- On-the-fly webpages. The share feature in Evernote lets me instantly create a webpage with a unique evernote.com URL. I often do this if I need to share information quickly--perhaps something I need others to proofread or a PDF too large to email. Related to this there are also collaboration tools in Evernote that allow multiple people to access the same note from within the application.
- Grocery lists. This is a pretty simple thing, but I often use Evernote to create a grocery list complete with checkboxes that I can check off as I shop. This also makes for great To-Do lists.
Probably about 90% of Evernote's features are free to use. I've had the premium members (my debit card is charged $5/month) since 2010. Evernote recently updated their tiers, so I now have unlimited uploads of content each month--especially helpful when adding a lot of PDFs. If you're interested in trying out Premium and would be so kind, send me your email (which you can find on the About page of this website), and I'll send you a special Premium invite which will earn me Evernote "points."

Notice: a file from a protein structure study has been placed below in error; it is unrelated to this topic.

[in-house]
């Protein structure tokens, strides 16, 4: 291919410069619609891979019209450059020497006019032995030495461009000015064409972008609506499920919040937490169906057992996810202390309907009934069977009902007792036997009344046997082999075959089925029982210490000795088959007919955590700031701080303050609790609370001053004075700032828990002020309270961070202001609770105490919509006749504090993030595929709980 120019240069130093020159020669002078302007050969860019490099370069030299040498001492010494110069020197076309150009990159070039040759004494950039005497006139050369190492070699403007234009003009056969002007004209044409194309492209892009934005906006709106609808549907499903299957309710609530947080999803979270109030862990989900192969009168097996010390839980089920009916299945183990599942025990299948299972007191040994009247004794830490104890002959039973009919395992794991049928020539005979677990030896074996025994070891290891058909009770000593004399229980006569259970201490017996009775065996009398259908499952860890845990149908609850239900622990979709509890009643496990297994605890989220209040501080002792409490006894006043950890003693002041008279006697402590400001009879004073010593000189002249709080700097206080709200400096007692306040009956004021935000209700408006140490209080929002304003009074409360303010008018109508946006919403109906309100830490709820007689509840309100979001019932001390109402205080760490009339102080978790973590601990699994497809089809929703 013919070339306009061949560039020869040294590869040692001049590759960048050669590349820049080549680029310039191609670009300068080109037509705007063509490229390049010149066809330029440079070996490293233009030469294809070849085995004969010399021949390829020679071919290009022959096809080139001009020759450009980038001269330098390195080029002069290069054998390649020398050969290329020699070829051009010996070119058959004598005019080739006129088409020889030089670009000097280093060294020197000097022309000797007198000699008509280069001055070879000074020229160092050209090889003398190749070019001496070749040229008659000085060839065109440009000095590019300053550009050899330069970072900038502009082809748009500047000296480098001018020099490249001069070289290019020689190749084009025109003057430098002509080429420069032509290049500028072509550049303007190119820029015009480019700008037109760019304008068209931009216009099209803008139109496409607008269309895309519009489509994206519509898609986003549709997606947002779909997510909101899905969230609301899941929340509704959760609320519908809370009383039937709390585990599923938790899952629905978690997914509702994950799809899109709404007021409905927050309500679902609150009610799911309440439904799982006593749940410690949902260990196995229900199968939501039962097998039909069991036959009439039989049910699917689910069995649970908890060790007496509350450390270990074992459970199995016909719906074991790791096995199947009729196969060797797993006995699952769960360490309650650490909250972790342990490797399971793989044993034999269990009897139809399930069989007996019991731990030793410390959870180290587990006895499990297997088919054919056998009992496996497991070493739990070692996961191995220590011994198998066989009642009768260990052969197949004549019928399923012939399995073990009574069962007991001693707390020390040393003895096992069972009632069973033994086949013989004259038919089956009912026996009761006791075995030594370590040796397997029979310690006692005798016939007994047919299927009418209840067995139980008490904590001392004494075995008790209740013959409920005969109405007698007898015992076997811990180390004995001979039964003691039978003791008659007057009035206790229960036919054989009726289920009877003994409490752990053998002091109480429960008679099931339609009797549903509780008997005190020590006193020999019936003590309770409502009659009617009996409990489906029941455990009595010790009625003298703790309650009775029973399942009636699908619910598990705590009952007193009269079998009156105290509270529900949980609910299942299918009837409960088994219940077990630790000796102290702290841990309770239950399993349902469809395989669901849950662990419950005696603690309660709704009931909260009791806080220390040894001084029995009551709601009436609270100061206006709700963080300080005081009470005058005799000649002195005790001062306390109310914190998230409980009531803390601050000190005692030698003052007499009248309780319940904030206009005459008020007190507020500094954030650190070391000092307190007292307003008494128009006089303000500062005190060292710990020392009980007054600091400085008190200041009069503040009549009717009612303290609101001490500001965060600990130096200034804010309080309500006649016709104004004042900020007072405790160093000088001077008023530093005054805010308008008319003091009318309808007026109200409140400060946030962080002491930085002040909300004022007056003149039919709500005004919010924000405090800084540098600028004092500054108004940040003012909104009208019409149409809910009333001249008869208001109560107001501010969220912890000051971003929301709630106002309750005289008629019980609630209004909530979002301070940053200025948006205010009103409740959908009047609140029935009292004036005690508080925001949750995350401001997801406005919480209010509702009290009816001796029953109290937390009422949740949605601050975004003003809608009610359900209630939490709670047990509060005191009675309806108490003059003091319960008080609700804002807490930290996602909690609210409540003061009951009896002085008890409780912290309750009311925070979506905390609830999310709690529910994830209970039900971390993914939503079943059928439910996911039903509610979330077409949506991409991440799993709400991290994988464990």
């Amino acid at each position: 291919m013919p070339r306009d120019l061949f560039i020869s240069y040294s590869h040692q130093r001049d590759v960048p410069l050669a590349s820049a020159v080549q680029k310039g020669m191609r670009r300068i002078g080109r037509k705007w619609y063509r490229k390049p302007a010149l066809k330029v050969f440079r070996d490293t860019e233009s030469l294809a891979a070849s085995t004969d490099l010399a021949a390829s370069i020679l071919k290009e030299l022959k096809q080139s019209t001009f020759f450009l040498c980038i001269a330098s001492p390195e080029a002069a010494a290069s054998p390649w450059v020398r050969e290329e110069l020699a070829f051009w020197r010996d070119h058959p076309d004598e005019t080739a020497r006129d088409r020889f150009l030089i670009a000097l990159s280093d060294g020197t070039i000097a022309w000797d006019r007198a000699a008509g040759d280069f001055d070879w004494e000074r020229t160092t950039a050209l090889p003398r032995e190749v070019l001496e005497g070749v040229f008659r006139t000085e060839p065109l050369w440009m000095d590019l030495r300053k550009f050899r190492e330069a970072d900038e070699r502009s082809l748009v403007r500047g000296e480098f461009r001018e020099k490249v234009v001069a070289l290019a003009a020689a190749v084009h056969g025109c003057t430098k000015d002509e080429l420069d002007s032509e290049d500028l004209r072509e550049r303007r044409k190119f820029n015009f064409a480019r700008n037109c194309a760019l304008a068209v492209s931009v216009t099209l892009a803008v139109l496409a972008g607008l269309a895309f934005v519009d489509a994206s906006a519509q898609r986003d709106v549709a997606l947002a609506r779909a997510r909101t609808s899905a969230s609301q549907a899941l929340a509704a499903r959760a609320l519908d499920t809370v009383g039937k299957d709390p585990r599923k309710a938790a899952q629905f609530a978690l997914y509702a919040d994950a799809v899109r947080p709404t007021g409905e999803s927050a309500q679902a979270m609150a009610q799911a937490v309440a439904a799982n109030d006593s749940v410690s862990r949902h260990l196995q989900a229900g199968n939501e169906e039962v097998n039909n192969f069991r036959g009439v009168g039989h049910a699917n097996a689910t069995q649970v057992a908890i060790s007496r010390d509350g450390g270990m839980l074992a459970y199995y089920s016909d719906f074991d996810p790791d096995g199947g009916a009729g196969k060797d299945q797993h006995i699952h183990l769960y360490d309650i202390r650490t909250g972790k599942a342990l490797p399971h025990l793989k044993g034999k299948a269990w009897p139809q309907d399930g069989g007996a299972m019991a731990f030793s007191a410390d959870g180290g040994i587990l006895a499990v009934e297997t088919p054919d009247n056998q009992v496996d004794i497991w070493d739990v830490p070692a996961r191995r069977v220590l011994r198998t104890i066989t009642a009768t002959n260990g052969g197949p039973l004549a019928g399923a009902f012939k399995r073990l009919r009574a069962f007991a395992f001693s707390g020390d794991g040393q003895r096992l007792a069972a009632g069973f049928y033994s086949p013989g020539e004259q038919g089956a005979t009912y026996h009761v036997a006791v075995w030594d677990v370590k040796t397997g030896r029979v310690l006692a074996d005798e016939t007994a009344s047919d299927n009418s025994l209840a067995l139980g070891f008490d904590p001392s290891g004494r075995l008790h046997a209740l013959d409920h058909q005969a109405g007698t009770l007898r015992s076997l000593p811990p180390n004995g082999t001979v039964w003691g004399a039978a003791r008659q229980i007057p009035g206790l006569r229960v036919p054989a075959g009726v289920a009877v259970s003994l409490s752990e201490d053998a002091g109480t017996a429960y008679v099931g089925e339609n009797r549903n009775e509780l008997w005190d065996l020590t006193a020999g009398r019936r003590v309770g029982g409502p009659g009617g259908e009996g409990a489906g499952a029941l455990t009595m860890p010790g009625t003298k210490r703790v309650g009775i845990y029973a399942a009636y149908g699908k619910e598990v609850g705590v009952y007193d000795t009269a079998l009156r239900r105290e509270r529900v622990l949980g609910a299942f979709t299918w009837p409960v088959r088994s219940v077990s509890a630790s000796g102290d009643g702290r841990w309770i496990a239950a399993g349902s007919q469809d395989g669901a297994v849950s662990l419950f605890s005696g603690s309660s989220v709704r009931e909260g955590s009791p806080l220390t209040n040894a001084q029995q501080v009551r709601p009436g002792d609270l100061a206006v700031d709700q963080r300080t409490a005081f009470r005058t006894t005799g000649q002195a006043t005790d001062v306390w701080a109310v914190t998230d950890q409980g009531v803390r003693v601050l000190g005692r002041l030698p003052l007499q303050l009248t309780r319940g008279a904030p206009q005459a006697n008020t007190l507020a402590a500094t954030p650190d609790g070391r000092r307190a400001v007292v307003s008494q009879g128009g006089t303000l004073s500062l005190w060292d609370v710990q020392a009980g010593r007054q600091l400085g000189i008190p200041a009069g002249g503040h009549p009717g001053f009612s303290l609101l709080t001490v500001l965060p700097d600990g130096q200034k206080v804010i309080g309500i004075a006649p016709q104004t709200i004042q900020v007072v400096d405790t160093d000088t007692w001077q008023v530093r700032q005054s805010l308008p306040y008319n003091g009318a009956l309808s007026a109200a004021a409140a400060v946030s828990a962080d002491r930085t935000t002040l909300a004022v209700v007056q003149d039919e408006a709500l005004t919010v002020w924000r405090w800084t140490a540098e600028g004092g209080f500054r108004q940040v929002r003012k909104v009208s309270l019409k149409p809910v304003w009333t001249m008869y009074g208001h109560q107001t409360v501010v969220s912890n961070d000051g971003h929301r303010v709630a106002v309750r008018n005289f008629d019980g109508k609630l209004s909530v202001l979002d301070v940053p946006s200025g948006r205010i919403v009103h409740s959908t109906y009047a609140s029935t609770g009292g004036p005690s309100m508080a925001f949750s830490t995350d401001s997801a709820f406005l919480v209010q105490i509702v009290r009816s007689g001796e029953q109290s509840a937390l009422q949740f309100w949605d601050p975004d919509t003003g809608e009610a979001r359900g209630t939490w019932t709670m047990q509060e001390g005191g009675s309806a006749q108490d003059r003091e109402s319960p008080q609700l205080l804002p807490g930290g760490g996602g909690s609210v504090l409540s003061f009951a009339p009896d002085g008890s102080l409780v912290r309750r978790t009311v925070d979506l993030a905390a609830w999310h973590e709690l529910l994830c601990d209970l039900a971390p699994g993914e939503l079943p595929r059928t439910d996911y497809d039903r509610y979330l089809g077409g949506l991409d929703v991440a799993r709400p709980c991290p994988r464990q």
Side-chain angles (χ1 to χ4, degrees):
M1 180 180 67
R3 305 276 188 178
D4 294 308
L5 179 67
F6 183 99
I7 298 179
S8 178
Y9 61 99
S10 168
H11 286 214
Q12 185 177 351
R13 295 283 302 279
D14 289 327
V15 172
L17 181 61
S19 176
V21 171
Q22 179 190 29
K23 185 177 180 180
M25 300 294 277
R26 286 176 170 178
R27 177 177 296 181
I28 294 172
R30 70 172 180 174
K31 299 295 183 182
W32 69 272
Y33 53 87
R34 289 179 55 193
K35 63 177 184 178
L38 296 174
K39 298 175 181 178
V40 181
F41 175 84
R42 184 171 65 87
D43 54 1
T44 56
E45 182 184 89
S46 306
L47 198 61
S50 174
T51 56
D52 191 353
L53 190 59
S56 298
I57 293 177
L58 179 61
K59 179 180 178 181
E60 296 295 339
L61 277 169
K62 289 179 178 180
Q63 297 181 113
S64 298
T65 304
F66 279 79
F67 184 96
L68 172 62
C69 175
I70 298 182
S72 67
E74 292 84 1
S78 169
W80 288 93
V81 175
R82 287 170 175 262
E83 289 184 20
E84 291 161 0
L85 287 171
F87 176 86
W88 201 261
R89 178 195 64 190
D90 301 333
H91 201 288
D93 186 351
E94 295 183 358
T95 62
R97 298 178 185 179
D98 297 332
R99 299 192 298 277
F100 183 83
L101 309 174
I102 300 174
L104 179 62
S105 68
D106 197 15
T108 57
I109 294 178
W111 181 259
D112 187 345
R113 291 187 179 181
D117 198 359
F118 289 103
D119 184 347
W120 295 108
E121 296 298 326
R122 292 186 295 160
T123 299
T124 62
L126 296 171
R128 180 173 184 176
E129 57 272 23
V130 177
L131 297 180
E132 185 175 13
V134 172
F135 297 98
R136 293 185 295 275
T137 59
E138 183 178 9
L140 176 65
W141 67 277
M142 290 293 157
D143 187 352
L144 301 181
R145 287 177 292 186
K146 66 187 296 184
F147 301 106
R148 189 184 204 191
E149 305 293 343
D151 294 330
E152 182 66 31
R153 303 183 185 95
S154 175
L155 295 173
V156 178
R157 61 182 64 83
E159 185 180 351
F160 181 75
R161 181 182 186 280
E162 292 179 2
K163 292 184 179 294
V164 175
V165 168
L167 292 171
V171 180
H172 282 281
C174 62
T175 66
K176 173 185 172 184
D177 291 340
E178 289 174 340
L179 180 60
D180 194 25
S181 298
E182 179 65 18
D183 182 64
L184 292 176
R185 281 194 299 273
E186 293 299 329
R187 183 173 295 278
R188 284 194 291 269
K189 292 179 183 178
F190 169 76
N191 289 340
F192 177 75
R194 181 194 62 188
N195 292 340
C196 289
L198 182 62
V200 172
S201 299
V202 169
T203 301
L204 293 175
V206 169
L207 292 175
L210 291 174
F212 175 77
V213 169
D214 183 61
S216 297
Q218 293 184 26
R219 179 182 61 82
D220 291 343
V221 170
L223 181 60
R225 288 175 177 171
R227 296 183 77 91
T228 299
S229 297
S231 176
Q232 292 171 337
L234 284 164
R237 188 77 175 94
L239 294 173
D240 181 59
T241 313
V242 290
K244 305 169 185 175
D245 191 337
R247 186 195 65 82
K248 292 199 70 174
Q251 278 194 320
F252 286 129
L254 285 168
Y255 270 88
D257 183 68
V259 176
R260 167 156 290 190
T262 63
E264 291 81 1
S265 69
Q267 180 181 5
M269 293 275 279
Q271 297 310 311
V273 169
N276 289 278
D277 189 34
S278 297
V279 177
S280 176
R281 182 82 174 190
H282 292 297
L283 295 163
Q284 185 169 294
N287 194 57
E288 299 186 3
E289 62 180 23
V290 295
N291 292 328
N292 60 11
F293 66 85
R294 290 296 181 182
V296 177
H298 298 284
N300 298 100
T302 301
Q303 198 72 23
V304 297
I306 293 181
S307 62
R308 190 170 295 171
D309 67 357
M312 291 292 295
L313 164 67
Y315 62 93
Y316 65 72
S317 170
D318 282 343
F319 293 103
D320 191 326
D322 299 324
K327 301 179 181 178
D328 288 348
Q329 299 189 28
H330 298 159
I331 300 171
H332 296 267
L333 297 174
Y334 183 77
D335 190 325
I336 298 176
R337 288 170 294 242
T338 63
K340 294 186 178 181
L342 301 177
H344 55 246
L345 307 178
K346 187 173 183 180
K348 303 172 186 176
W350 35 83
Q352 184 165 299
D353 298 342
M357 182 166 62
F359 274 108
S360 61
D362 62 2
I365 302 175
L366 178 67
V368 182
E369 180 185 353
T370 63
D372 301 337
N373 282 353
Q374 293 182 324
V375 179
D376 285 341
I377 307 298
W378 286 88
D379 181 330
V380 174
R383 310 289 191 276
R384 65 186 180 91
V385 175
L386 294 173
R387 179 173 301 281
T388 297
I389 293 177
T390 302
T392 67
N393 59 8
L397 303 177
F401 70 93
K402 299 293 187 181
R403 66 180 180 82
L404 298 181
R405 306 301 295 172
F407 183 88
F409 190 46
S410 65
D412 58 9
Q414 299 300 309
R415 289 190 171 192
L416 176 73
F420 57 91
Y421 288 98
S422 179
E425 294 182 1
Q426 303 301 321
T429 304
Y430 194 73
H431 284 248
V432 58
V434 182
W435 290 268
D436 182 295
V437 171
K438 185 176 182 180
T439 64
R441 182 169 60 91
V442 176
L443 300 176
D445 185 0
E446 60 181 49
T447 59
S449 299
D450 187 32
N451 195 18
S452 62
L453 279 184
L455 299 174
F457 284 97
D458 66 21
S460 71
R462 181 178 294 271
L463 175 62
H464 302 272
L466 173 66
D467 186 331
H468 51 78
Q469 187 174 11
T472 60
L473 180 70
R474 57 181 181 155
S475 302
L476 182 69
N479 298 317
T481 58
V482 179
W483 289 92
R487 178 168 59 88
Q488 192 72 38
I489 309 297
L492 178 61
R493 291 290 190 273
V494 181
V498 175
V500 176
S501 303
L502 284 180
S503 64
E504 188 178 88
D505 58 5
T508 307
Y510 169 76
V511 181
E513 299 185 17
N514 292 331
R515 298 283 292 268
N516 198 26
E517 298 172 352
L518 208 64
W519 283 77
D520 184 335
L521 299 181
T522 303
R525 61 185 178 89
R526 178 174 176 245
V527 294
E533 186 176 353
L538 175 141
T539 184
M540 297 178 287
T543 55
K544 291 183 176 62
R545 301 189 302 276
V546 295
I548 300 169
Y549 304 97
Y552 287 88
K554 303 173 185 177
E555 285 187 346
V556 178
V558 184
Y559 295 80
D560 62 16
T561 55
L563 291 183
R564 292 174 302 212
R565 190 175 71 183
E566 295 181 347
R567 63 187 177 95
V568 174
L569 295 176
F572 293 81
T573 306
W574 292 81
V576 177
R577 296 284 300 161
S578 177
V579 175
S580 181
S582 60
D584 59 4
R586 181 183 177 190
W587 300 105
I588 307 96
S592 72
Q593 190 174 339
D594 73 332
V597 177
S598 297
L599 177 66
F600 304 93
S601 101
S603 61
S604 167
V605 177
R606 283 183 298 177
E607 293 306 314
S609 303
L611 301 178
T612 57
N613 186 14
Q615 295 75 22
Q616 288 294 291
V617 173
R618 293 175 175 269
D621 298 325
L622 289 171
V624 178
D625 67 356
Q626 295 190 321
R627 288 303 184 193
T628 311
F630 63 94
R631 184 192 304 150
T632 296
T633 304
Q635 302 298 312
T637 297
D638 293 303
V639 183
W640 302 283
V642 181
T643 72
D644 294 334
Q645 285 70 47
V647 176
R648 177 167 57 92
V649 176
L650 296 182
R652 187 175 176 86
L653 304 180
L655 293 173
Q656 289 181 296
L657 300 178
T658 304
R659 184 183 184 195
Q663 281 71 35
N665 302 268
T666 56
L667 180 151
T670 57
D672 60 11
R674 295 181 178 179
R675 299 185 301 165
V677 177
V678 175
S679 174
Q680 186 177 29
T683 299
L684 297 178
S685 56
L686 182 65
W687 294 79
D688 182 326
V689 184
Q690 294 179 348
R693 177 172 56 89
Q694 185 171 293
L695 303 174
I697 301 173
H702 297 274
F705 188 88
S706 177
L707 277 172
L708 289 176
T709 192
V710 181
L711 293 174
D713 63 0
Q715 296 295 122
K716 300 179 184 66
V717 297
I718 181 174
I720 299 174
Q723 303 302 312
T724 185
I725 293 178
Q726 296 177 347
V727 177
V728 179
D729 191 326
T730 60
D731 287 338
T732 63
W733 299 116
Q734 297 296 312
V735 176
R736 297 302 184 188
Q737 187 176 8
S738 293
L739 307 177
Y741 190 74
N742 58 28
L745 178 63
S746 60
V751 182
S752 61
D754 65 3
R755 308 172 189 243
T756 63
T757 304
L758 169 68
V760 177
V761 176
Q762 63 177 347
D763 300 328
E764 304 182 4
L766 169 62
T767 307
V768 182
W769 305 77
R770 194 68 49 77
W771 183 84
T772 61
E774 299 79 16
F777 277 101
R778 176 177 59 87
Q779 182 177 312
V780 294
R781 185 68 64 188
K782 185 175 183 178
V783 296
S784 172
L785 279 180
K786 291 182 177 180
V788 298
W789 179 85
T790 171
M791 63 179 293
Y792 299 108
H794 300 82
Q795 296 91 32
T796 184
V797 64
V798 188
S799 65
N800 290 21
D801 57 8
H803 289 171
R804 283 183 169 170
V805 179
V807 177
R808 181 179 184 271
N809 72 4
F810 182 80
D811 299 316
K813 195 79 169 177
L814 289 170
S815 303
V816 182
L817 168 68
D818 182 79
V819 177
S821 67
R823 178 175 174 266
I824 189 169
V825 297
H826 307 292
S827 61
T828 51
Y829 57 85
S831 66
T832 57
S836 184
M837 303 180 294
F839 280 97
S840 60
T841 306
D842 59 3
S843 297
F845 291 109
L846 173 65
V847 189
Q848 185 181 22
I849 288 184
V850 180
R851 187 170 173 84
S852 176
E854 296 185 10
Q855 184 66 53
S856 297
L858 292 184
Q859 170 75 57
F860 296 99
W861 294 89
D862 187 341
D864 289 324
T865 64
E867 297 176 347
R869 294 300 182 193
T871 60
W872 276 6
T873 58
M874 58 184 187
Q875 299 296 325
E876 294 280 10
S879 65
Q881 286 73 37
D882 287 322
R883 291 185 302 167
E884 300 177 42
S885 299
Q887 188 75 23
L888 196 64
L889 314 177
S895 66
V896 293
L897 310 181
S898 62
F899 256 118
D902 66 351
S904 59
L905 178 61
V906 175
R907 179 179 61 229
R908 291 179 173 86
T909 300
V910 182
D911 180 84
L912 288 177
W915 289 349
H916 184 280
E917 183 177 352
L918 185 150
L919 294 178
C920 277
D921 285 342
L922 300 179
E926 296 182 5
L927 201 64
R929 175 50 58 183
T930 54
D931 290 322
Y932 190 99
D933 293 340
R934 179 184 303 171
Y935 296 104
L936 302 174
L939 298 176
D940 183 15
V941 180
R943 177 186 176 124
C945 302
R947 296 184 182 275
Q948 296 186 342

By the way, I know that there are other services similar to Evernote out there. Microsoft's OneNote is the biggest competitor. I'm not interested in starting a platform war (and these tools really are platforms all of their own). My choice to use Evernote is not meant as a slam to OneNote. I began using Evernote around 5 years ago because it was on every device I had, and OneNote was not. I'm sure OneNote is fine, but I now have over 800 notes in Evernote, so I'm not going anywhere else. Plus, I'm perfectly satisfied with Evernote (except for the fact that the recently-updated Mac interface is now devoid of all Evernote-green accents--boo!).
What about you? Do you use Evernote? If so, how? Let me know if the comments section.
After writing about Evernote this past week, I saw a couple of articles that I thought would be especially good for anyone just starting out. Of course, even if you've been using it for a while like I have, there's always something new to learn, and it's interesting to note how others use the software, too.
Here are the two articles worth checking out:
Emily Price, "20 Uses for Evernote that You Probably Haven't Thought of Yet" (MacWorld)
Eric Griffith, "30 Tips Every Evernote User Must Know" (PCMag).